U.S. News & World Report has announced what it considers a major commitment to manufacturing by big names such as BMW and GE.
Both companies just pledged millions in funding for what’s being referred to as “the Uber of manufacturing” – a Maryland-based company called Xometry.
The company’s co-founder and CEO Randy Altschuler describes the platform as basically a way for the internet to better support small manufacturers of custom products, much like sites like Amazon serve as a marketplace for retailers to cast a wide net. Thus far, this type of opportunity has not existed for manufacturers, Altschuler said, at least not in the way that people need it. He describes a scenario where a user, rather than picking pre-developed products off a virtual shelf, can create their own and send it out for bidding.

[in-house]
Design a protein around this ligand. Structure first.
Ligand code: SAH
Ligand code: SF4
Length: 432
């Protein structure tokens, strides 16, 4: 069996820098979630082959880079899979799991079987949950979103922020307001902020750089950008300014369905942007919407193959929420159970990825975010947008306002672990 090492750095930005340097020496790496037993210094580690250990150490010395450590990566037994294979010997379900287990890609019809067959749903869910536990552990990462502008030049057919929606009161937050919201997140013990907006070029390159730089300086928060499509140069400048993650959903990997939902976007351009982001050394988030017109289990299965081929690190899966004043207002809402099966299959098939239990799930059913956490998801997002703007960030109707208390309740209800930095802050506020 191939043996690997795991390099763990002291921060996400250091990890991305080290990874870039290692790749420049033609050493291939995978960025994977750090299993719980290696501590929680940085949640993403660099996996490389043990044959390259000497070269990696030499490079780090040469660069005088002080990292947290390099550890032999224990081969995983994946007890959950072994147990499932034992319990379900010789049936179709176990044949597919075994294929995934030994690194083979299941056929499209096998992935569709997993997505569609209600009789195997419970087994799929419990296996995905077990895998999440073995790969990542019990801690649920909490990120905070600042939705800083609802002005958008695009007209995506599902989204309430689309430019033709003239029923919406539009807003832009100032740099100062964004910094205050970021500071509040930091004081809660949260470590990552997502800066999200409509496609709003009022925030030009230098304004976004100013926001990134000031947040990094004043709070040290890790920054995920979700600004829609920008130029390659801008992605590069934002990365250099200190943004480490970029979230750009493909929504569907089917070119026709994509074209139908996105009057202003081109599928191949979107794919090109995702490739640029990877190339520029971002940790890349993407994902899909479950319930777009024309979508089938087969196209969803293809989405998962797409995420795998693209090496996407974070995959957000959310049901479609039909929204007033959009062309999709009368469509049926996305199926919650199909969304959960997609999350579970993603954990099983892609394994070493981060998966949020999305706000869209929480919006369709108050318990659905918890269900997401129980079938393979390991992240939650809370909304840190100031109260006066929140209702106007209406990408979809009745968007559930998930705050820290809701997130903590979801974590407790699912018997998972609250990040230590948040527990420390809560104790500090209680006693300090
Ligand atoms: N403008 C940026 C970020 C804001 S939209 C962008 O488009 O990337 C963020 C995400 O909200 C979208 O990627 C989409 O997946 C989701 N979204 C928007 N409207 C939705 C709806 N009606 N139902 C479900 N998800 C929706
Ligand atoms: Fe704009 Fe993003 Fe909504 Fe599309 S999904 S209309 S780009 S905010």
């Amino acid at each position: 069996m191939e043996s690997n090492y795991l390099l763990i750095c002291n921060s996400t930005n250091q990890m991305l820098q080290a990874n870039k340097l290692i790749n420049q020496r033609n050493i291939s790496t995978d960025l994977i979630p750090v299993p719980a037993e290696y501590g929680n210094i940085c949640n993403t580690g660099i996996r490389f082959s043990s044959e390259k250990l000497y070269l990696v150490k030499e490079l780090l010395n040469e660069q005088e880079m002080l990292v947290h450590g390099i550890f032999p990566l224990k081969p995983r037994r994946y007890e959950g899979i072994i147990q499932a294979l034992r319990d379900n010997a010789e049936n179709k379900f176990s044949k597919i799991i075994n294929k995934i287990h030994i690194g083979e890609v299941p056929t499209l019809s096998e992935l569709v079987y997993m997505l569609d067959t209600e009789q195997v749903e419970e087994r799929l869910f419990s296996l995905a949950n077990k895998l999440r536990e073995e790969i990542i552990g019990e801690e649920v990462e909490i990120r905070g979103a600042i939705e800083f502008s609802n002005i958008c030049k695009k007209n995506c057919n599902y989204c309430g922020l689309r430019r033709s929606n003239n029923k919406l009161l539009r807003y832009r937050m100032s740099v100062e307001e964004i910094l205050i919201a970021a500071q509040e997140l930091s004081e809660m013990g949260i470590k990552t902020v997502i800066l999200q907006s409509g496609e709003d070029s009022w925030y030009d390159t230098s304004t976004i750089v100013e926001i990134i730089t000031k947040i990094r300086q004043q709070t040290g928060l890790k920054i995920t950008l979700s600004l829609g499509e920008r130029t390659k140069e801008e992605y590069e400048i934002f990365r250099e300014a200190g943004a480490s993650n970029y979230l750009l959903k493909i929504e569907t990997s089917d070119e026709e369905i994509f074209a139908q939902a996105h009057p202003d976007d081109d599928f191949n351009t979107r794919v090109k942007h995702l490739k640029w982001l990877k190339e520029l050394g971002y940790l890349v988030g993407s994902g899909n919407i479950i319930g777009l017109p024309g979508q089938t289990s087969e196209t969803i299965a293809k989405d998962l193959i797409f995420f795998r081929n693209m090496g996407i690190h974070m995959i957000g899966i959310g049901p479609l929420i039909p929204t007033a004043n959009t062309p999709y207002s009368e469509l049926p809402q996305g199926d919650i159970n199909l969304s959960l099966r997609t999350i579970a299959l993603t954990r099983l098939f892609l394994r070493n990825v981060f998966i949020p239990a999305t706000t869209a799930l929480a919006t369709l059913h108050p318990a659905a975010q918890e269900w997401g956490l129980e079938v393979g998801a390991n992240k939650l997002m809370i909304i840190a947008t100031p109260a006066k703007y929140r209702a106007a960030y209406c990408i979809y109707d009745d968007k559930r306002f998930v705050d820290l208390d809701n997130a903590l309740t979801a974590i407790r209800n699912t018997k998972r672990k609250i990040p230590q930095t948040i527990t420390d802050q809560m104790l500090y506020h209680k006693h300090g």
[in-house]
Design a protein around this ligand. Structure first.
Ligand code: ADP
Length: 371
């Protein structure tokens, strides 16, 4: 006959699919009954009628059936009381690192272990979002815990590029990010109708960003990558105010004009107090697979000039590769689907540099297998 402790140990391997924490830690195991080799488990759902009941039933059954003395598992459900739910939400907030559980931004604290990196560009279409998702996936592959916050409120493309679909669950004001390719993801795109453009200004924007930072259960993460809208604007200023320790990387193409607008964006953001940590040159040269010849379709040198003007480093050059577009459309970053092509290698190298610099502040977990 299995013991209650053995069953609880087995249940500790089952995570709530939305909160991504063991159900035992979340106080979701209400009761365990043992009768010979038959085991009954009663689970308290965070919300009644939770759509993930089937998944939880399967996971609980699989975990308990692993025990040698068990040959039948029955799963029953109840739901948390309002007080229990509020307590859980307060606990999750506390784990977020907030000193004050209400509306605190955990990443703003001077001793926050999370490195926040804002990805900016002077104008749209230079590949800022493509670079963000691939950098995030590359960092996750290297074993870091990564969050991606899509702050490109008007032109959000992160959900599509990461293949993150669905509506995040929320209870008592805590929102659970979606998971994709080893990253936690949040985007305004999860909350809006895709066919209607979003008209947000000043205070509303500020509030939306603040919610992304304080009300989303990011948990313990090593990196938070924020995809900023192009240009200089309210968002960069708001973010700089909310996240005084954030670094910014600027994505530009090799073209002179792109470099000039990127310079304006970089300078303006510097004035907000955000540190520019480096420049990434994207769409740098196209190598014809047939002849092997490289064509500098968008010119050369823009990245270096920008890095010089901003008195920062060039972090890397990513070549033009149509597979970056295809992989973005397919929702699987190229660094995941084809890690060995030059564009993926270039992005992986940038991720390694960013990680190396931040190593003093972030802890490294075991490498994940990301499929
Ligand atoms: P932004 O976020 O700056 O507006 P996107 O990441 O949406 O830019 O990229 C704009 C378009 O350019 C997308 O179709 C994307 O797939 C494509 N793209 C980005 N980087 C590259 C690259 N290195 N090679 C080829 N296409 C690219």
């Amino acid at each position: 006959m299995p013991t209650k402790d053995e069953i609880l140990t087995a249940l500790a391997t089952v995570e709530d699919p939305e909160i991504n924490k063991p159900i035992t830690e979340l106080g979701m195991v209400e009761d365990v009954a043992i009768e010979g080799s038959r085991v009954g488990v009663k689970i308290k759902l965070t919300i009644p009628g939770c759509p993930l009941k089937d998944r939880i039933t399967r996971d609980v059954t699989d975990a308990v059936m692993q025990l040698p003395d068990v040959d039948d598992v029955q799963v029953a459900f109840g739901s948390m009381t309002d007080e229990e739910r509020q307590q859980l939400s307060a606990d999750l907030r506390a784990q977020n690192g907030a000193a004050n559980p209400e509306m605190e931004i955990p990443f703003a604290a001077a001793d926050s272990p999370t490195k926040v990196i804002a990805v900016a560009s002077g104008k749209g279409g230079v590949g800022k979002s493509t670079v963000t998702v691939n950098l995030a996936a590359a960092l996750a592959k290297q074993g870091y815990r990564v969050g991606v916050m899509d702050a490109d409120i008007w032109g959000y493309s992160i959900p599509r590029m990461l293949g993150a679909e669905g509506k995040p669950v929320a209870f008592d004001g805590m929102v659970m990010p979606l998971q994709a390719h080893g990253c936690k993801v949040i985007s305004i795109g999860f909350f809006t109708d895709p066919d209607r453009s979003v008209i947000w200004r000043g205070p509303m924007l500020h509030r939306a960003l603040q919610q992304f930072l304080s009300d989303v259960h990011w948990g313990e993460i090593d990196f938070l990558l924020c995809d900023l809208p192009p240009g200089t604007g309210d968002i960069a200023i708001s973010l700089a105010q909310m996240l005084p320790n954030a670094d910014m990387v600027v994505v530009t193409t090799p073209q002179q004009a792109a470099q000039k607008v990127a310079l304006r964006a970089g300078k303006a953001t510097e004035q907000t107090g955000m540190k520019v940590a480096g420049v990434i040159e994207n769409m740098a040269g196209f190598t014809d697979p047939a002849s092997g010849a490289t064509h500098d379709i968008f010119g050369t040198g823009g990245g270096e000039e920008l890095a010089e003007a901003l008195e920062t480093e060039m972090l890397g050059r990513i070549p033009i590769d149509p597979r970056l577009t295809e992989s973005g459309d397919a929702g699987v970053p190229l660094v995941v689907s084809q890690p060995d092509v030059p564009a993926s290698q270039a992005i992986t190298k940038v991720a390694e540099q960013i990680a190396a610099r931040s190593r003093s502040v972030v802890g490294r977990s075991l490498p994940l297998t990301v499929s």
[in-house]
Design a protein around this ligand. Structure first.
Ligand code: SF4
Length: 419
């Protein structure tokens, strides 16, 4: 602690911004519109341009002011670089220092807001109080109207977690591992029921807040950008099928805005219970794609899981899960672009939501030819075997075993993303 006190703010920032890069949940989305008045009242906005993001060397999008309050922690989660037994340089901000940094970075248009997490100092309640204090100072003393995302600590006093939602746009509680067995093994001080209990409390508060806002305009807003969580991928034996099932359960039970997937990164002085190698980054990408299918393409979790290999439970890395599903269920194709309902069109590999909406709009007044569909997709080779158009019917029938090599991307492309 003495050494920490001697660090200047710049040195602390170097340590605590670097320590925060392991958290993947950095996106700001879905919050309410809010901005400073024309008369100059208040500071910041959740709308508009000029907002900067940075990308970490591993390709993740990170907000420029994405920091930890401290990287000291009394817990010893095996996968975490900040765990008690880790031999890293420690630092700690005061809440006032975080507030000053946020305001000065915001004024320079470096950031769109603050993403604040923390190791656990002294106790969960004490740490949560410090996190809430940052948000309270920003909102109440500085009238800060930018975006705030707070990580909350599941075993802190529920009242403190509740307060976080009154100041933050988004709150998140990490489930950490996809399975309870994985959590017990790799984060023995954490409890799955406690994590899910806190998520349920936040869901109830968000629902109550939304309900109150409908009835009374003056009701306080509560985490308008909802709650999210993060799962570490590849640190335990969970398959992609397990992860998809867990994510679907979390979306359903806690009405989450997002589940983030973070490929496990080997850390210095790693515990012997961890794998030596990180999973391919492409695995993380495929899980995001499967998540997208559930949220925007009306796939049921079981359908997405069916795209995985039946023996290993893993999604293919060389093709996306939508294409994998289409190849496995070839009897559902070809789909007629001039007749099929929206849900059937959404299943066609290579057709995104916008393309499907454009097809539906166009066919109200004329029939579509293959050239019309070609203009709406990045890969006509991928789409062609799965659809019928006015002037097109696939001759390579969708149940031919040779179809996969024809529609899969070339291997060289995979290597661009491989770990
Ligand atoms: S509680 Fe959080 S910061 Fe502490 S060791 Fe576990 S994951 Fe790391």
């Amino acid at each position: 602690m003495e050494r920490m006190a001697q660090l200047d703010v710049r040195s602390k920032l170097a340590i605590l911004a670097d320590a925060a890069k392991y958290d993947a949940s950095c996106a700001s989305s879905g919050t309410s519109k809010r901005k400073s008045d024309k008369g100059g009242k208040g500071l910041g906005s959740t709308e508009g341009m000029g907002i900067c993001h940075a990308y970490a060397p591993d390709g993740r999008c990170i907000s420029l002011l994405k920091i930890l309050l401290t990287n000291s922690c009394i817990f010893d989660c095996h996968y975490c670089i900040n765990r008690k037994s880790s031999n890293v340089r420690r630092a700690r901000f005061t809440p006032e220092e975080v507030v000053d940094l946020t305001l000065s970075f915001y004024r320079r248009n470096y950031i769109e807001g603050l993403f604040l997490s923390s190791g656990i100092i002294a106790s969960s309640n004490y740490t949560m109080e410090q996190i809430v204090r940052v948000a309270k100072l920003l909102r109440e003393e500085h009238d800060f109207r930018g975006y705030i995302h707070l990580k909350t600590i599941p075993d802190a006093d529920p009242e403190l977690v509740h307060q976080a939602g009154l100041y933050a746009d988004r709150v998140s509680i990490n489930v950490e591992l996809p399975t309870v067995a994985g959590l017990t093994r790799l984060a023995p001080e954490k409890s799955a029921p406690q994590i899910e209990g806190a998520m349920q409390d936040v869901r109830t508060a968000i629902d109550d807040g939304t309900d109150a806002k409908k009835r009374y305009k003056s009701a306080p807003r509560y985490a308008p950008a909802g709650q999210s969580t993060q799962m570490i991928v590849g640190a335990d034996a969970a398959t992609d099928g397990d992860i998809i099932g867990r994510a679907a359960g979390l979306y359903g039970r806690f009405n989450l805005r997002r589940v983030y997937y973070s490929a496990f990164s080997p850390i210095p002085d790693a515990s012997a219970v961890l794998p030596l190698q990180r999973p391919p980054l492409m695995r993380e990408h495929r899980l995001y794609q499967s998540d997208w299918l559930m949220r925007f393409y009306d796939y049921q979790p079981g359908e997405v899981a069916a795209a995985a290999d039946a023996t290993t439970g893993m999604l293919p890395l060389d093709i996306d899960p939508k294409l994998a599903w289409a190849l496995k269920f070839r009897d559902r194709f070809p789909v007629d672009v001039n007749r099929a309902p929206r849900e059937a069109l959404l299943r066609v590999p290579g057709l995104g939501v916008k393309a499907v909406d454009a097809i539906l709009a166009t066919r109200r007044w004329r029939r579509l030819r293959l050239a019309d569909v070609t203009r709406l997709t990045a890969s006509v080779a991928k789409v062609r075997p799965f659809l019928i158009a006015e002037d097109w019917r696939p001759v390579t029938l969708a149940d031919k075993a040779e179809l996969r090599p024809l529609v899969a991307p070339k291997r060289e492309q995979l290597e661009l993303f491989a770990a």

Xometry’s own website describes it thusly: Users simply upload their 3D models and the Xometry software platform provides instant feedback on pricing, lead times and the best processes to make those custom parts. Users can then explore various materials and manufacturing processes and compare prices in real-time.
The company’s proprietary sourcing algorithm is designed to ensure low cost and fast lead times by utilizing manufacturing capacity through its network of highly-vetted facilities, providing capabilities like CNC Machining, 3D Printing, Urethane Casting and Sheet Metal Fabrication.